Durkheim's theory of religion is an example of how functionalists investigate sociological phenomena. People, according to Durkheim, perceive religion as contributing to the health and survival of society in general. Thus, religion serves to bond society's members by regularly encouraging them to confirm their shared values and beliefs. Religion also provides an outlet for members to release some of their emotional tension caused by their daily struggles for survival.
In addition to explaining why people believe what they do, functionalists also attempt to explain why certain ideas or practices have become popular within a given society. Durkheim proposed that like any other social phenomenon, religions arise due to the needs of individuals and groups within society. As discussed above, he believed that people seek out ways to bind themselves together with others so that they can more easily compete for resources. In his view, this explanation not only helps to account for the origin of religion, but it also allows him to comment on various aspects of religious behavior. For example, by noting that many people participate in rituals to show respect for their gods, Durkheim was able to make some observations about modern societies where such activities seem inappropriate to most people.
Like many other functionalists, Durkheim did not consider all forms of religion to be equal. Instead, he divided religions into two broad categories: collective and individual. Collective religions include those that are practiced by a group because they share common values and beliefs.
The Purposes of Religion The functionalist viewpoint, which stems from Emile Durkheim's work on religion, emphasizes religion's social purpose. According to this view, religion provides an outlet for human emotions and feelings that might otherwise be expressed in violence or anger. By giving rise to moral values and teaching people how to live together in peace, religion helps make society function more smoothly and avoid its members' going over to the side of the warrior or the saint.
Functionalists believe that every religious tradition has a goal that is either spiritual or temporal. For example, they say that religion has a spiritual purpose because it offers means by which humans can reach communion with God. They say that religion has a temporal purpose because it helps people deal with life's challenges in the here and now. Examples of functions of spirituality include providing hope and comfort in times of need and giving meaning to one's life. Examples of functions of temporariness include preventing people from doing evil and acting upon good impulses by punishing them so that they do not repeat their actions, and using ritual to connect people with each other and give voice to their needs and desires.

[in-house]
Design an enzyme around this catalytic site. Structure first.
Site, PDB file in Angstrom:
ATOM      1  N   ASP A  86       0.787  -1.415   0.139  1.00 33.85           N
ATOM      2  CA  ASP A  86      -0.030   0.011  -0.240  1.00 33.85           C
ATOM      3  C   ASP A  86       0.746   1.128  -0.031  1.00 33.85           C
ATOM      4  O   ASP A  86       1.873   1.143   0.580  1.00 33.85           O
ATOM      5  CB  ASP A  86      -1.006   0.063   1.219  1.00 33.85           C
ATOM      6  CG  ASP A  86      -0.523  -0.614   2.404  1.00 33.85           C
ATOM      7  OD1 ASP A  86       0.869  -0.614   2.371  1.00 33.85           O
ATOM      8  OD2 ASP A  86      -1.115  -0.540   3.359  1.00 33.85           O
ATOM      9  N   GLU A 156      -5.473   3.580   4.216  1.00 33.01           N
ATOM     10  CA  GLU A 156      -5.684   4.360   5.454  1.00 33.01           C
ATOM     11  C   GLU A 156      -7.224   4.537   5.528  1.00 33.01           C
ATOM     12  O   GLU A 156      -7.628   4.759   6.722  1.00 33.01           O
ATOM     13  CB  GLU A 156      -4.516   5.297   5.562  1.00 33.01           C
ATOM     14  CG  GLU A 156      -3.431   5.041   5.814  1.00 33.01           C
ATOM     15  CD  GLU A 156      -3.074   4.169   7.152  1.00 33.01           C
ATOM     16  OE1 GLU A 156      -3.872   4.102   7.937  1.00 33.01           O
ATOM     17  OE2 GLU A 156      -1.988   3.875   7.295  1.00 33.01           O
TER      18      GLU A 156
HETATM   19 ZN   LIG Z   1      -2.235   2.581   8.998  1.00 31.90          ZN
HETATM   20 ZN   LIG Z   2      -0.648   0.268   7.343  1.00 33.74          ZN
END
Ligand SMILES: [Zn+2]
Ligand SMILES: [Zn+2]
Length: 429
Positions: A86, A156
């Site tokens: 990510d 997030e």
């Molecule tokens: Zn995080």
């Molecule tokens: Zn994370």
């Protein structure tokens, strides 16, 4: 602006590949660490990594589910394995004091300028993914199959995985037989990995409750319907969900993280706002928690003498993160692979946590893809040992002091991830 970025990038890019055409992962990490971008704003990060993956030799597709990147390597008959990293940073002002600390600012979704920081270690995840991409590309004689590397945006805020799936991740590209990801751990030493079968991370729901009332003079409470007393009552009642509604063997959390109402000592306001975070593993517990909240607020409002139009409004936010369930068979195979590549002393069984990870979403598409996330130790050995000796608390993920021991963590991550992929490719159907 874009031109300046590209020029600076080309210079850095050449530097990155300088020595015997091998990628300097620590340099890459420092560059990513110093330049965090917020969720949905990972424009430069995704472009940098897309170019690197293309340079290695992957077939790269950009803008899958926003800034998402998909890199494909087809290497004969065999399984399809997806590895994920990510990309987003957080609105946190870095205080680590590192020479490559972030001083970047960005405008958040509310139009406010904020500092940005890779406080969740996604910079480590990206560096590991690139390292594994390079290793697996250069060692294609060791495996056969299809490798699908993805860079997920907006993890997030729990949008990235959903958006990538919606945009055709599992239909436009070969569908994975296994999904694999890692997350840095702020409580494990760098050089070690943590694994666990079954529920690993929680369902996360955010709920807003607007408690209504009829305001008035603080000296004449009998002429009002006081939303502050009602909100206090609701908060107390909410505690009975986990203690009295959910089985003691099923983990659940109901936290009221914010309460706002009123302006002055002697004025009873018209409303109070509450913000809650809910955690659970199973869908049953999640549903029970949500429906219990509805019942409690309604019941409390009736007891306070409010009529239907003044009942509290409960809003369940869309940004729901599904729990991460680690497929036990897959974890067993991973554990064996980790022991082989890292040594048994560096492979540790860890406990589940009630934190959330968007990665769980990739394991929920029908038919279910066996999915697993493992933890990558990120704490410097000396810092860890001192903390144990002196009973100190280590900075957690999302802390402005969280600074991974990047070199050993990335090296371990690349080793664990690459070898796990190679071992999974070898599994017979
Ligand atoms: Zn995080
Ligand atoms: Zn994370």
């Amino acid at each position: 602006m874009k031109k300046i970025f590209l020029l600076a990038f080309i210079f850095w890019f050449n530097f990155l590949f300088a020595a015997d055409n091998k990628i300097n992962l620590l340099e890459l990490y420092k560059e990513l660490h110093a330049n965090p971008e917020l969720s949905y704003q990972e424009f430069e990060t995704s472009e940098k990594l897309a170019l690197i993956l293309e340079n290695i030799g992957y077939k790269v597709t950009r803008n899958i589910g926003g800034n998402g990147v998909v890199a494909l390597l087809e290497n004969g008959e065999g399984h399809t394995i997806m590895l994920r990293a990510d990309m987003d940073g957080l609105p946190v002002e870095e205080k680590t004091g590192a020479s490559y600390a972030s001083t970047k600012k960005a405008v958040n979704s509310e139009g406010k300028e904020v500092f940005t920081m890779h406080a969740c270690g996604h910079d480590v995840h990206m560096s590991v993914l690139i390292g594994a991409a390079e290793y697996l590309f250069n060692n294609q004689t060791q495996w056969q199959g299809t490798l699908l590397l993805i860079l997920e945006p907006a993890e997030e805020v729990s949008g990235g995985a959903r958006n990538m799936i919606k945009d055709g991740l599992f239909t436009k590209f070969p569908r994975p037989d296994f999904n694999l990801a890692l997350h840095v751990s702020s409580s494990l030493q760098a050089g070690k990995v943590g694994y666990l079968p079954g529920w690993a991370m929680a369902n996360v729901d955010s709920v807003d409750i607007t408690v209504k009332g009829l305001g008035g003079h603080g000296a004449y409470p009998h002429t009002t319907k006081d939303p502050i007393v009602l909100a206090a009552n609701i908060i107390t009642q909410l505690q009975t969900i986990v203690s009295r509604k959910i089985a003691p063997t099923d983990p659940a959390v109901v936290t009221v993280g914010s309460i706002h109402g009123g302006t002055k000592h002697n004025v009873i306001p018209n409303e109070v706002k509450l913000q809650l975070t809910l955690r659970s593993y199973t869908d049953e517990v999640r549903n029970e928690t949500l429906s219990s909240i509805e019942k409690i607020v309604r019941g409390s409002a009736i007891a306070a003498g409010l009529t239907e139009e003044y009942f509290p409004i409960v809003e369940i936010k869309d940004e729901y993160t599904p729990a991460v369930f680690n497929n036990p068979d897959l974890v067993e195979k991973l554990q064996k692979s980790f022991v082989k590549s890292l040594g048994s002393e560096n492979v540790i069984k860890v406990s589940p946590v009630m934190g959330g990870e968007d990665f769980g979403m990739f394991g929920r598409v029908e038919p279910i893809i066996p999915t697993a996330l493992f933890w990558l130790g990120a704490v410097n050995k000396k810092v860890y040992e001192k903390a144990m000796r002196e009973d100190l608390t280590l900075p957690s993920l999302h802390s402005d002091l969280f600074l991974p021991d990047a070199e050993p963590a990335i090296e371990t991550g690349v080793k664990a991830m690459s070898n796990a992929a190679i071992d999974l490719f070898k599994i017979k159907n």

Religion is a source of strength and support for individuals who are facing up to problems in their lives or in society at large.
According to Durkheim, the essential purpose of religion is legitimation. Religion fosters a sense of community. According to Durkheim, religion is the glue that ties society together. He believed that without religion, society would disintegrate into chaos and violence.
Tönnis was one of the first scholars to propose an integration theory of society. He argued that there is a constant interaction between religion and law that helps maintain social order. Tönnis believed that religion and law are not separate from each other, but rather they work in tandem to keep society functioning smoothly.
Lukes views society as having three distinct but interrelated "levels": individual, group, and societal. He argues that it is only through our involvement in different groups within society that we are able to achieve success at the individual level. Lukes claims that without this group bonding, we would all be reduced to nothing more than collections of isolated individuals.
Finally, Stark views society as having four components: government, industry, education, and religion. He argues that it is through our involvement with these components that we are able to achieve success at the societal level. Stark believes that it is through our involvement with government that we are able to achieve success at the group level.
Religion cannot be understood in isolation from the capitalist society that perpetuates inequity. Regardless of their differing perspectives, these social theorists all believed in the importance of religion in society. Religion, according to functionalists, satisfies several key human needs, such as community cohesiveness and friendship. Religion also provides individuals with meaning and purpose in life and can act as a source of empowerment by giving people hope for a better future.
Durkheim's theory was based on three principles: (1) Organized religious institutions are important factors in producing and maintaining societal solidarity and harmony. (2) The individual has a need for sacred values that give life meaning and purpose, and religions provide these values. (3) Modern societies have eroded traditional institutions that provided moral guidance to citizens, so people turn to religious authorities for answers on how to live life correctly. As a result, governments need to be neutral toward religion or risk losing support from the public.
Tönnies' theory is based on two categories of people in society: "Upper classes" who have access to power within the political system; and "Lower classes" who do not. According to Tönnies, it is the role of upper classes to establish and maintain standards of behavior for lower classes by means of law and punishment. Upper classes can achieve this goal through government agencies such as police forces and courts. Lower classes can receive punishments from upper classes by being excluded from their communities or even imprisoned.